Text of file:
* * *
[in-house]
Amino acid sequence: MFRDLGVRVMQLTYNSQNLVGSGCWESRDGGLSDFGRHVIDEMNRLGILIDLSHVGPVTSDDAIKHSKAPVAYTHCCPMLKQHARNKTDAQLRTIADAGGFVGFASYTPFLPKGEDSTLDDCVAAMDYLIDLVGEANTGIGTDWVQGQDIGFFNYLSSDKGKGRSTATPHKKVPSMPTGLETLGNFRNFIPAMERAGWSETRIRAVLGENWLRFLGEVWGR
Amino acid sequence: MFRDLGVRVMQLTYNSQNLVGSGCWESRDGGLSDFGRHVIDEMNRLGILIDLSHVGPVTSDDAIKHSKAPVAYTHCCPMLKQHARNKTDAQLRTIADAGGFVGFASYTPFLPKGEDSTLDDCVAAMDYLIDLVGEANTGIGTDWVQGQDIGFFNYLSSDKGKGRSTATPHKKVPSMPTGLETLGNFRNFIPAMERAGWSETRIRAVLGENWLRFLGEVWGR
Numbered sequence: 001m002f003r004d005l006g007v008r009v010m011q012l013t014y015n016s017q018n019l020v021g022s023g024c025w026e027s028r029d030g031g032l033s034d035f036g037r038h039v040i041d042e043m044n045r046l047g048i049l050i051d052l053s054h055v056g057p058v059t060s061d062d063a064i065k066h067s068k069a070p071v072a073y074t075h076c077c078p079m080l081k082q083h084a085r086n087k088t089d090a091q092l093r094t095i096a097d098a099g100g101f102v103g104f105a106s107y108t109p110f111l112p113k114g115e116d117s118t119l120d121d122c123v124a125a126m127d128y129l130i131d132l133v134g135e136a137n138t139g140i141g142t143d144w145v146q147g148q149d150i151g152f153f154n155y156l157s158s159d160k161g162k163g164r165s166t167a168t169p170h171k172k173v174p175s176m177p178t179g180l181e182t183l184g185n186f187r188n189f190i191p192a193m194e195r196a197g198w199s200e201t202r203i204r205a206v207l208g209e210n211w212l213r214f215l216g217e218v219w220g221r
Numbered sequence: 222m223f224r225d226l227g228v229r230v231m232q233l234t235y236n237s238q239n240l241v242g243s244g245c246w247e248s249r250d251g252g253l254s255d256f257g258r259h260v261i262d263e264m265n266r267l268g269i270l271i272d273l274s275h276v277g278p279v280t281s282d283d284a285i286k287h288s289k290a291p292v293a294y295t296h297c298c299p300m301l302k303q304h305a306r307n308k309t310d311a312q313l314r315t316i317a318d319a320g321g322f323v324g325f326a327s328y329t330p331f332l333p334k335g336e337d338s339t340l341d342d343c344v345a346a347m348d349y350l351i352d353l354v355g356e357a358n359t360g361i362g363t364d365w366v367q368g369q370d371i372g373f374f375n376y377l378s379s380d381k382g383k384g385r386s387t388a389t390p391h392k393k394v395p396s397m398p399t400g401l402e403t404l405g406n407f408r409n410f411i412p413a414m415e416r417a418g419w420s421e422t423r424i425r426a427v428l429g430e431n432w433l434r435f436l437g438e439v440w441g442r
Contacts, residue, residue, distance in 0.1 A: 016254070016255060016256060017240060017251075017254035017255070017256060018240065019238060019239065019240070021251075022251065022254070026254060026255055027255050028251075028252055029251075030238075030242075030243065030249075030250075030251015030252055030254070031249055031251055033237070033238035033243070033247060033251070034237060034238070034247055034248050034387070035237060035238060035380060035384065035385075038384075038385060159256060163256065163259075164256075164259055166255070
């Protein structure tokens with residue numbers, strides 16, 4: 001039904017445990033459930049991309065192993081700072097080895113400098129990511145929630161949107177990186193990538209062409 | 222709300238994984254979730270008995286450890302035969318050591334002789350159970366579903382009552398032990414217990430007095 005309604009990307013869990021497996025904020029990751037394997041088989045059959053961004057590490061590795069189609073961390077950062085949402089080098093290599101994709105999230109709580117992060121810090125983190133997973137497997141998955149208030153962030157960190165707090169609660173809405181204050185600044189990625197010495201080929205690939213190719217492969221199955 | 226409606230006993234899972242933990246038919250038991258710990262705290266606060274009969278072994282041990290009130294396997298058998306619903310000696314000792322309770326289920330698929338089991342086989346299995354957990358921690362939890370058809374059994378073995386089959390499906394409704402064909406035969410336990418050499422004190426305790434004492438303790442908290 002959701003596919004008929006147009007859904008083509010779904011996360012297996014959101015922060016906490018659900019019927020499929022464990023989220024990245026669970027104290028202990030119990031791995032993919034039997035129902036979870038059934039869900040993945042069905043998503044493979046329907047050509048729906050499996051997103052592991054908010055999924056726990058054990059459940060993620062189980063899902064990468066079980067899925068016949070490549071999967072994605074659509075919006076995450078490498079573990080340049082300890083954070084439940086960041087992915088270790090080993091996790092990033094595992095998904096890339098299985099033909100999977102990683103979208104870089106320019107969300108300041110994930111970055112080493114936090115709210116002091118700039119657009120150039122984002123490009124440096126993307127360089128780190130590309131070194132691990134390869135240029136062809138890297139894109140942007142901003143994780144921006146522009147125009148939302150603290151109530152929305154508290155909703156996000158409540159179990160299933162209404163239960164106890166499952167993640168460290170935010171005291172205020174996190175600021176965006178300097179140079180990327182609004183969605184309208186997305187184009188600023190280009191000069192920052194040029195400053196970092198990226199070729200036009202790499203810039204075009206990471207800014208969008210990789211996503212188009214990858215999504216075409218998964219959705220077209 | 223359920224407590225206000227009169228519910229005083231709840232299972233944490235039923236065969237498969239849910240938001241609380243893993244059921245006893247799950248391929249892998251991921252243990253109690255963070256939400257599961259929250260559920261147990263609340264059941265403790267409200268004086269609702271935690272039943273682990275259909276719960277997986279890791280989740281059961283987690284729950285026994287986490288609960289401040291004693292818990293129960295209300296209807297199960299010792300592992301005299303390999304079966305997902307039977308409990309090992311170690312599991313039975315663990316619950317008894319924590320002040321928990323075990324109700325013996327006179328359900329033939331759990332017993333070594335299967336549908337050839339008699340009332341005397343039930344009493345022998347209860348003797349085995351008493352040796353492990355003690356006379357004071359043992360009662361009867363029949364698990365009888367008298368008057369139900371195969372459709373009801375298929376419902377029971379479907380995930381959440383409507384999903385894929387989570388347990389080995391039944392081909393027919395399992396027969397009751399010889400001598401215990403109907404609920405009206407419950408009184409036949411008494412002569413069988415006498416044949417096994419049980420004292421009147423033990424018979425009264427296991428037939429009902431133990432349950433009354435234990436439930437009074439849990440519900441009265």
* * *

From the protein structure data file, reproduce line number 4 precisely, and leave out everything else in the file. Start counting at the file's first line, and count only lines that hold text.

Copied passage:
Numbered sequence: 001m002f003r004d005l006g007v008r009v010m011q012l013t014y015n016s017q018n019l020v021g022s023g024c025w026e027s028r029d030g031g032l033s034d035f036g037r038h039v040i041d042e043m044n045r046l047g048i049l050i051d052l053s054h055v056g057p058v059t060s061d062d063a064i065k066h067s068k069a070p071v072a073y074t075h076c077c078p079m080l081k082q083h084a085r086n087k088t089d090a091q092l093r094t095i096a097d098a099g100g101f102v103g104f105a106s107y108t109p110f111l112p113k114g115e116d117s118t119l120d121d122c123v124a125a126m127d128y129l130i131d132l133v134g135e136a137n138t139g140i141g142t143d144w145v146q147g148q149d150i151g152f153f154n155y156l157s158s159d160k161g162k163g164r165s166t167a168t169p170h171k172k173v174p175s176m177p178t179g180l181e182t183l184g185n186f187r188n189f190i191p192a193m194e195r196a197g198w199s200e201t202r203i204r205a206v207l208g209e210n211w212l213r214f215l216g217e218v219w220g221r